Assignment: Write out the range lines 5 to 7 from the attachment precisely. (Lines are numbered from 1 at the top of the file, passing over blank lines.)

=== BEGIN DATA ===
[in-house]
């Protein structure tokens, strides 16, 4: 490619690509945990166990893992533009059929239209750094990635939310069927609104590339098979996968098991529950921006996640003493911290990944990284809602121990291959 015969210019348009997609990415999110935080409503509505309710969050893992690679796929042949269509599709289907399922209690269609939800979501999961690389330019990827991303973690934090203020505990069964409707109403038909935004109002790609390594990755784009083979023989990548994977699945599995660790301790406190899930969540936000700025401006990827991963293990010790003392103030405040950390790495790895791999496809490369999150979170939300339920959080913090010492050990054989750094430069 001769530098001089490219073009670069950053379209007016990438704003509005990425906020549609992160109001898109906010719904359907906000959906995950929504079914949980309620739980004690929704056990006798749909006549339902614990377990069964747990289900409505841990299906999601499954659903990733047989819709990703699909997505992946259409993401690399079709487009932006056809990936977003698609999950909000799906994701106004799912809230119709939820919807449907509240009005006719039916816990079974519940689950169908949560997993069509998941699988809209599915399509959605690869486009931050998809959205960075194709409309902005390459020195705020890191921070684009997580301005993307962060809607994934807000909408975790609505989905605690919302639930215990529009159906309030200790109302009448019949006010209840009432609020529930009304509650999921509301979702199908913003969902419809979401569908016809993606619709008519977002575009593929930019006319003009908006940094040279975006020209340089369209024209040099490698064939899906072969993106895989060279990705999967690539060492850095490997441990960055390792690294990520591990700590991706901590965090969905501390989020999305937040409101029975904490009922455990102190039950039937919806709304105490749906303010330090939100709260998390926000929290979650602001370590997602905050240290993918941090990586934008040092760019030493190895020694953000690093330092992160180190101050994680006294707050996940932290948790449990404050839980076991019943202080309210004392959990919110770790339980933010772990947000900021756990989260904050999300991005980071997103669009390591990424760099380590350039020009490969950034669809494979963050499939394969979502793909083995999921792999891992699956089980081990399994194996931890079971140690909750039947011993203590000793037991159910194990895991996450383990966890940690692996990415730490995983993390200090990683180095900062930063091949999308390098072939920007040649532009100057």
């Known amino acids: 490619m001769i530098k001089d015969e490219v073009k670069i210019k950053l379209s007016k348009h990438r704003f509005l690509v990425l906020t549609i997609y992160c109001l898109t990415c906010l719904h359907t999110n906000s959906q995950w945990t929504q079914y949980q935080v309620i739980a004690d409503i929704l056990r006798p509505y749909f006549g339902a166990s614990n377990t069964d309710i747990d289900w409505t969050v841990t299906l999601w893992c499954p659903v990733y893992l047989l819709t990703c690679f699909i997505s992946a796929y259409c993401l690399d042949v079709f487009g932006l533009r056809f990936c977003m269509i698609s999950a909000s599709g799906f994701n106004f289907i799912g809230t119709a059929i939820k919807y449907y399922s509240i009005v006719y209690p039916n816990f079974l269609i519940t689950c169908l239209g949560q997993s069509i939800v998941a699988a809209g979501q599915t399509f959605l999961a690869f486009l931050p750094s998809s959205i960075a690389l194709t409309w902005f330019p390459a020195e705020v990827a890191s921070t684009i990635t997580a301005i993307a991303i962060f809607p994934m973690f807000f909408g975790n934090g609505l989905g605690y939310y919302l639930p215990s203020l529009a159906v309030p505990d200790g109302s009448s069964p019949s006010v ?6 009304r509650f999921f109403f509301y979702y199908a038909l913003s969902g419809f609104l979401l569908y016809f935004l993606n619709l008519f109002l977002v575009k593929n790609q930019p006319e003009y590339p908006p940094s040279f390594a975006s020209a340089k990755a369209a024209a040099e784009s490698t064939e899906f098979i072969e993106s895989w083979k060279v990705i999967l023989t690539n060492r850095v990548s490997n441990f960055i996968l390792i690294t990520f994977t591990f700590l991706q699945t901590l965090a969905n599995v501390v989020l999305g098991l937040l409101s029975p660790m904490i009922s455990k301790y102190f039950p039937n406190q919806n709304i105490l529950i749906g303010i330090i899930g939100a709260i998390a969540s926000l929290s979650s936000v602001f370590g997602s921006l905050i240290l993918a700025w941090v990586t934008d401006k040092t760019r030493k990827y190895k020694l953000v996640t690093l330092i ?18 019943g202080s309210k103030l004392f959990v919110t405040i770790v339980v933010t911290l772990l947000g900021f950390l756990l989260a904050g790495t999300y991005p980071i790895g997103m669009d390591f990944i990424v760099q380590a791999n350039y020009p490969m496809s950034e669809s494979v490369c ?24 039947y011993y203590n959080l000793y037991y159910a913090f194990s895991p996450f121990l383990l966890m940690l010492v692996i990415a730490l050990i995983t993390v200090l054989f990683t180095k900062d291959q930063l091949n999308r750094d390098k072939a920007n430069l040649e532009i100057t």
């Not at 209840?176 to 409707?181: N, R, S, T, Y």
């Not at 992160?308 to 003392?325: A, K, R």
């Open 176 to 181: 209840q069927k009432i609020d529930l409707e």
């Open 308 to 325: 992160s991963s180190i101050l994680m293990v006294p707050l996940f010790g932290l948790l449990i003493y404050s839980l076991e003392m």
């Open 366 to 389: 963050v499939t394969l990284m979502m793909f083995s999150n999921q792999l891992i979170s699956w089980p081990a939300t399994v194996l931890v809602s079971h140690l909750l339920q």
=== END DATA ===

């Not at 992160?308 to 003392?325: A, K, R």
């Open 176 to 181: 209840q069927k009432i609020d529930l409707e």
């Open 308 to 325: 992160s991963s180190i101050l994680m293990v006294p707050l996940f010790g932290l948790l449990i003493y404050s839980l076991e003392m």